Well, I have been waiting for this a while – the kit of the Blackburn Buccaneer S.2 has arrived!
I mean, even the new artwork is cool. This is a new tool kit – so they have started from scratch by laser scanning a real aircraft then doing some very clever 3D design and materials science to produce the model.
The box is bigger than the previous versions, mainly because there are so many more parts! Five main sprues of parts, a sprue of transparent plastic and a decal sheet for two aircraft – one each from 800NAS and 809NAS.
The first job is to construct the cockpit. This is considerably better than the last kit, with good detail. In particular I like the transparent heads-up display screen for the pilot. My main gripe is that Airfix keep using decals for the instrument clusters. It is not surprising that there are aftermarket detailing kits with instruments printed on photo-etch. Maybe Airfix could look at this for the future – maybe in a premium-priced ‘expert’ level version of the kits the produce? Anyway, the new one is a big improvement, so shouldn’t grumble…
Where you really notice a difference is in the engine and undercarriage section of the fuselage. This was essentially just blanked off in the past. Now there is very good modelling of the engine exhaust pipes and the interior of the engine bay.
Once finished and painted up it looks amazing. Likewise, the bomb bay can be shown open, with plenty of structures to highlight and dab with oil stains. Given the level of detail in the bomb bay, I’m surprised there isn’t the option for putting bombs in it. Perhaps a later ‘Airfix Club’ special? If not, there will be companies doing the interiors in resin really soon. Ultimately, I will get whatever comes along as I’d like the aircraft shown ‘bombed up’ and ready for action.
The new kit allows for folded wings and for the huge airbrakes to be shown deployed. There are also other oddities – the wing tips come as part of the transparencies, and there are two options. This pointy wingtip was used in the S.2. I think the transparency plastic is better for moulding a thin part very accurately. But then why supply the older rounded one as well? And there is more. Many of the defining features of the S.2 are included here as specific pieces. The shape of the top of the fin – easier to mould it in one piece so why in several pieces? I think this clearly shows that the current kit is the start of a line of Buccaneer variants. Maybe, JUST maybe, there will be a new Buccaneer S.1, the early one with the Gyron Junior engines, as that kit is ancient.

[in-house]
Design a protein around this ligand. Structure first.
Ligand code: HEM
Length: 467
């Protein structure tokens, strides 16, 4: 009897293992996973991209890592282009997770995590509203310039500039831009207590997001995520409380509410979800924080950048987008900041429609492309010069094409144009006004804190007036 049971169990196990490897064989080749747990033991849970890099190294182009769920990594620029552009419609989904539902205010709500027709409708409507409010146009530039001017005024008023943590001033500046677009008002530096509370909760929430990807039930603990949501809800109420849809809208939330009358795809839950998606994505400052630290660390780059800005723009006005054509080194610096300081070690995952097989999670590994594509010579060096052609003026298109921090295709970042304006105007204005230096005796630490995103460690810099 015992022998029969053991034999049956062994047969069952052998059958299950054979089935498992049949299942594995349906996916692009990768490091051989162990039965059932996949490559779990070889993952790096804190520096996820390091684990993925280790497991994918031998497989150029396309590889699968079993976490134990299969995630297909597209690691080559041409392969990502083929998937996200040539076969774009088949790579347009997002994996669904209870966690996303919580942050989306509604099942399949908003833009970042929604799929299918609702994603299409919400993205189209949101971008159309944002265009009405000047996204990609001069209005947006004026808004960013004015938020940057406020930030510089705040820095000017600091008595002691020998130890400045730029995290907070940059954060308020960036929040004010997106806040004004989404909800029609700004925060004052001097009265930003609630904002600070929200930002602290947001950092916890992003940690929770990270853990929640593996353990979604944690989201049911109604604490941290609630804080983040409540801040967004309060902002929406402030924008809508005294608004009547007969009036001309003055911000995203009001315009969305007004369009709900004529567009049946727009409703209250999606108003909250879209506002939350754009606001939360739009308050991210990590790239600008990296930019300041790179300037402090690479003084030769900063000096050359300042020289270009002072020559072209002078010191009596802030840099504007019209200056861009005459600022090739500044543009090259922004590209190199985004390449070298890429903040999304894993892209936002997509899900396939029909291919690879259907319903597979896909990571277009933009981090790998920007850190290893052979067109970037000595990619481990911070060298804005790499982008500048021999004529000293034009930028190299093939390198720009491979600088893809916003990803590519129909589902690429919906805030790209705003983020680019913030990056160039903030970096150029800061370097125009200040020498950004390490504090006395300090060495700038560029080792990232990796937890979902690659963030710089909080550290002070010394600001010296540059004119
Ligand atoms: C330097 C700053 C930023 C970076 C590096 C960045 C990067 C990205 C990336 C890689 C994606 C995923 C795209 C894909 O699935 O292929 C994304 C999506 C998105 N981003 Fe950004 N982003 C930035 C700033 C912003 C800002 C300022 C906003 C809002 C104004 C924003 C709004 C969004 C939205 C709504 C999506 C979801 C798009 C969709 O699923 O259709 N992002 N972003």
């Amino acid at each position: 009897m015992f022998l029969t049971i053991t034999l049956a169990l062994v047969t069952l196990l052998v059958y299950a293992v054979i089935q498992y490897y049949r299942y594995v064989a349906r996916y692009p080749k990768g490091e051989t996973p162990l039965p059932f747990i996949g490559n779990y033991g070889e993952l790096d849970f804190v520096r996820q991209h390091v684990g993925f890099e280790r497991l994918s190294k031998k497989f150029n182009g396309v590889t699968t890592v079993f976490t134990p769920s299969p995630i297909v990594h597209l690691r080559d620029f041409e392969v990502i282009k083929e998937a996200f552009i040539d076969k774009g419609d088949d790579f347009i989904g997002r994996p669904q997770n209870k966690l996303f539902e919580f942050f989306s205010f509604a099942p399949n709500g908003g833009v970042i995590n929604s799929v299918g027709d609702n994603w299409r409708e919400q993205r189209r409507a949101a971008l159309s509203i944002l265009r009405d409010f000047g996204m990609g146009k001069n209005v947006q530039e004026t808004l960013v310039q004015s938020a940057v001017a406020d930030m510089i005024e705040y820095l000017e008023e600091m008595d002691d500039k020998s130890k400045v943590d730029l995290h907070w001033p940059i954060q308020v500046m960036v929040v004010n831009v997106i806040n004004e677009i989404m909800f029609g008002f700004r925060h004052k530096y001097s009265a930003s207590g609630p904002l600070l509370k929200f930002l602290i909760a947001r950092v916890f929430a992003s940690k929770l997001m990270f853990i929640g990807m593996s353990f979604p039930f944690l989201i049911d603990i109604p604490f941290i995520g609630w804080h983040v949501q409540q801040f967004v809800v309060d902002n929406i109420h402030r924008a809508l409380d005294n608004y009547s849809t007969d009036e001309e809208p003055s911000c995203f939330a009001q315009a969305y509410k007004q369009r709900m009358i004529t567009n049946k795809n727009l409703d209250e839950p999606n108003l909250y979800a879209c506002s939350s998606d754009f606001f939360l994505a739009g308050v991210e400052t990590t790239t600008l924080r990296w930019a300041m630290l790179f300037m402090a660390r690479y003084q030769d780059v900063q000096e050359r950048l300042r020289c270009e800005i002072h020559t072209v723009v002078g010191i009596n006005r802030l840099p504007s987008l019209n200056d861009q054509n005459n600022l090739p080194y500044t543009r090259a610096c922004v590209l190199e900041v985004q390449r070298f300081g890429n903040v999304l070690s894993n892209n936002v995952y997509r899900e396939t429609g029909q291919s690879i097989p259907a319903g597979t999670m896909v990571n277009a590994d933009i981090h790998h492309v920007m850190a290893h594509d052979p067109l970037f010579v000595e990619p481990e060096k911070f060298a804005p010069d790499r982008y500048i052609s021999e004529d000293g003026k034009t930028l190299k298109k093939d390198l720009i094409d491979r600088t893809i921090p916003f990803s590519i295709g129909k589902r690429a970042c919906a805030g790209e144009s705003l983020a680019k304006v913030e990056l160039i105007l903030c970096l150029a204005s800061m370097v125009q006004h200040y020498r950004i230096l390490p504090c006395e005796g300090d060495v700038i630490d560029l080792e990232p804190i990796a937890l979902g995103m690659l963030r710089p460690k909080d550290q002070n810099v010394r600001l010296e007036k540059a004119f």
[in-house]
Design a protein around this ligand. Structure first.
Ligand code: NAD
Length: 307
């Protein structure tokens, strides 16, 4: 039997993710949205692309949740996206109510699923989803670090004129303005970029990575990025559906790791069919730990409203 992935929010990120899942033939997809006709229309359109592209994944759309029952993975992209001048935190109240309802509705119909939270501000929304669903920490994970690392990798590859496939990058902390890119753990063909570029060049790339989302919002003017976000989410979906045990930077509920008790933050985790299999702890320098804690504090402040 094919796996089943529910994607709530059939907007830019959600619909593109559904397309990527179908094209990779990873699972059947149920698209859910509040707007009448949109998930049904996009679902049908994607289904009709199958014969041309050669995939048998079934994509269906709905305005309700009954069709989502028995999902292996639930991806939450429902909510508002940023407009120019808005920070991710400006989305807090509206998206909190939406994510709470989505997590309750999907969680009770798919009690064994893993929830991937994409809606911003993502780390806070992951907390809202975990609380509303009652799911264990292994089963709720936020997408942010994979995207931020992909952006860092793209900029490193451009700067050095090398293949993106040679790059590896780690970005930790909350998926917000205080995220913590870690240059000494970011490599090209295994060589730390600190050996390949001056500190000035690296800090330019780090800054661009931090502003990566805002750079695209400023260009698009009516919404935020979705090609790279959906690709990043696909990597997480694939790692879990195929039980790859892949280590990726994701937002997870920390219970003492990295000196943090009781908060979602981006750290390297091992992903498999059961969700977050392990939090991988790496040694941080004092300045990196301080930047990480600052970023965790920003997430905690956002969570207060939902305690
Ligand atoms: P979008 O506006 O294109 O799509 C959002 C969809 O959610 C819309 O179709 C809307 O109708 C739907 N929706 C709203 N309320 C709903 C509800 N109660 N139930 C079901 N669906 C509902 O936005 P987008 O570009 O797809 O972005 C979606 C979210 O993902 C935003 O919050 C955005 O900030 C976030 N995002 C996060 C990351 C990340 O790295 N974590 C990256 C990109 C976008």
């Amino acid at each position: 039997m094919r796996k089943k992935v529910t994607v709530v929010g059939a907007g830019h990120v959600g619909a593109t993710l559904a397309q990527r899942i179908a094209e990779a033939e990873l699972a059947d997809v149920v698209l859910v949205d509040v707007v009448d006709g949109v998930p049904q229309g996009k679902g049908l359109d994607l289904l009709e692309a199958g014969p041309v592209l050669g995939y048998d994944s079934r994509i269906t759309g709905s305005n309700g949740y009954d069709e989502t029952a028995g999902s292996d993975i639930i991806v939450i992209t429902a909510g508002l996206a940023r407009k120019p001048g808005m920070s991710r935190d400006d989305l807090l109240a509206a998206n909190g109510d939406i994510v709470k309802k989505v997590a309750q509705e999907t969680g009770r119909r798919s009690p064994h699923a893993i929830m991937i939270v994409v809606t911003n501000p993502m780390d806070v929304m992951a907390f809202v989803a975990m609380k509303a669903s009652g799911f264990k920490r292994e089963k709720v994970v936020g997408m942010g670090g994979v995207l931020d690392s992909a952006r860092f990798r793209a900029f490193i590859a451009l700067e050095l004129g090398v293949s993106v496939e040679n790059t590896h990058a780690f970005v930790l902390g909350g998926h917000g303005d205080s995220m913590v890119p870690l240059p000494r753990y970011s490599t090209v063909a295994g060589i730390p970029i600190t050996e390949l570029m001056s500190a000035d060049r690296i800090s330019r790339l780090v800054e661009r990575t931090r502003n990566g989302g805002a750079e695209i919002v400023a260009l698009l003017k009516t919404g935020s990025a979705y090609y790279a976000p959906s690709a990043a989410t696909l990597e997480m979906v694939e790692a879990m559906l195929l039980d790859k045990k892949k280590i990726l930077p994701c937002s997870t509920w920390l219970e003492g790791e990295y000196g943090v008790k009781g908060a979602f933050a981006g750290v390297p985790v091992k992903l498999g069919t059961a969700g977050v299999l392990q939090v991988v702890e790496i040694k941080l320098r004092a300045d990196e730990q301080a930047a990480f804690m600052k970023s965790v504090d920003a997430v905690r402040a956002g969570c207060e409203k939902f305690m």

Anyway, let’s get on with the current plane. There was a bit of filling and cleaning needed, but mainly due to my model-making rather than errors in the kit, then a spray all over with primer. I used the bomb bay door supplied to cover up my previous work, and stuffed the gear wells with paper.
The wings can be dealt with separately as they get attached right at the end. A nice touch is that the decal for the serial number has small lines on to show you where to cut for folded wings. The decals need to go on before the stores pylons and the pitot tube.
The wing fold pieces – fillets for the ends of the wings and fuselage, feature a big tab that helps locate and set the wing in the correct angle. Very well thought-out.
Painting is straightforward as it is all one colour – Extra Dark Sea Grey. Then the decals. the stencils include some epically tiny things. Thank goodness the strip of dots forward of the ailerons comes as one piece and not dot by dot!
Some of the pieces are of lilliputian dimension too. Take this navigation light cover. IT is tiny. Very tricky to get off the sprue, to trim and then to put on the aircraft. Worse still, it goes on the underside, where no-one will ever see it! But, the decals have led me to plastic pedantry. There it should be so there it goes!
But it is all worth it for the final effect. What a beautiful kit to work with, and what a good result. I’m extremely happy.
Now all I need is for someone to do an alternative set of markings for the time when the S.2 was introduced, and I’ll buy another one of these astonishingly good kits.